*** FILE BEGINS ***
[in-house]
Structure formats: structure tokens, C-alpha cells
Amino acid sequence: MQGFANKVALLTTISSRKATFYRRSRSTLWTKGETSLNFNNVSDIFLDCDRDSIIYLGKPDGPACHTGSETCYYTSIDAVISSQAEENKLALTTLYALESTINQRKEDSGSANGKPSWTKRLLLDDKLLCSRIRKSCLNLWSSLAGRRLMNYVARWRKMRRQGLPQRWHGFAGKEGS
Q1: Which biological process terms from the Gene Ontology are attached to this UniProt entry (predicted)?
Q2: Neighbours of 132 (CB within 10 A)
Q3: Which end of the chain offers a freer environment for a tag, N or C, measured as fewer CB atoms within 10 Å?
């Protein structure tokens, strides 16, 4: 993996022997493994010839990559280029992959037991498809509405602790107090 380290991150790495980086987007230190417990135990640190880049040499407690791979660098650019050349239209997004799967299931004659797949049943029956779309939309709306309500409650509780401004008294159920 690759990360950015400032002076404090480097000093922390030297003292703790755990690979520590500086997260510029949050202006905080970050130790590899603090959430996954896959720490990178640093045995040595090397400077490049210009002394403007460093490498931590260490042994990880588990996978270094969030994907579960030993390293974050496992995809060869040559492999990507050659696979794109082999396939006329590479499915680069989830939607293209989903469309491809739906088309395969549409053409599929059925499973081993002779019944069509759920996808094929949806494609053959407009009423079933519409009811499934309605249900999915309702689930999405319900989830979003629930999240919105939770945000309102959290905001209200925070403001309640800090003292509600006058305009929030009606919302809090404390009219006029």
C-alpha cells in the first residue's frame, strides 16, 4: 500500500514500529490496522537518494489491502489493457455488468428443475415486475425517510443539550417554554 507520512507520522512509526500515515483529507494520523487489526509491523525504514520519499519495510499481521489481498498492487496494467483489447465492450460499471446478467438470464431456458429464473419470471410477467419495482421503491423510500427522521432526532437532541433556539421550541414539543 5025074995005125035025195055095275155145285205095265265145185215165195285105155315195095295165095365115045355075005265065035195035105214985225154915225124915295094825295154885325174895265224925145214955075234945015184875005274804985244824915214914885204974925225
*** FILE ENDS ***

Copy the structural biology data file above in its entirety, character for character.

[in-house]
Structure formats: structure tokens, C-alpha cells
Amino acid sequence: MQGFANKVALLTTISSRKATFYRRSRSTLWTKGETSLNFNNVSDIFLDCDRDSIIYLGKPDGPACHTGSETCYYTSIDAVISSQAEENKLALTTLYALESTINQRKEDSGSANGKPSWTKRLLLDDKLLCSRIRKSCLNLWSSLAGRRLMNYVARWRKMRRQGLPQRWHGFAGKEGS
Q1: Which biological process terms from the Gene Ontology are attached to this UniProt entry (predicted)?
Q2: Neighbours of 132 (CB within 10 A)
Q3: Which end of the chain offers a freer environment for a tag, N or C, measured as fewer CB atoms within 10 Å?
């Protein structure tokens, strides 16, 4: 993996022997493994010839990559280029992959037991498809509405602790107090 380290991150790495980086987007230190417990135990640190880049040499407690791979660098650019050349239209997004799967299931004659797949049943029956779309939309709306309500409650509780401004008294159920 690759990360950015400032002076404090480097000093922390030297003292703790755990690979520590500086997260510029949050202006905080970050130790590899603090959430996954896959720490990178640093045995040595090397400077490049210009002394403007460093490498931590260490042994990880588990996978270094969030994907579960030993390293974050496992995809060869040559492999990507050659696979794109082999396939006329590479499915680069989830939607293209989903469309491809739906088309395969549409053409599929059925499973081993002779019944069509759920996808094929949806494609053959407009009423079933519409009811499934309605249900999915309702689930999405319900989830979003629930999240919105939770945000309102959290905001209200925070403001309640800090003292509600006058305009929030009606919302809090404390009219006029």
C-alpha cells in the first residue's frame, strides 16, 4: 500500500514500529490496522537518494489491502489493457455488468428443475415486475425517510443539550417554554 507520512507520522512509526500515515483529507494520523487489526509491523525504514520519499519495510499481521489481498498492487496494467483489447465492450460499471446478467438470464431456458429464473419470471410477467419495482421503491423510500427522521432526532437532541433556539421550541414539543 5025074995005125035025195055095275155145285205095265265145185215165195285105155315195095295165095365115045355075005265065035195035105214985225154915225124915295094825295154885325174895265224925145214955075234945015184875005274804985244824915214914885204974925225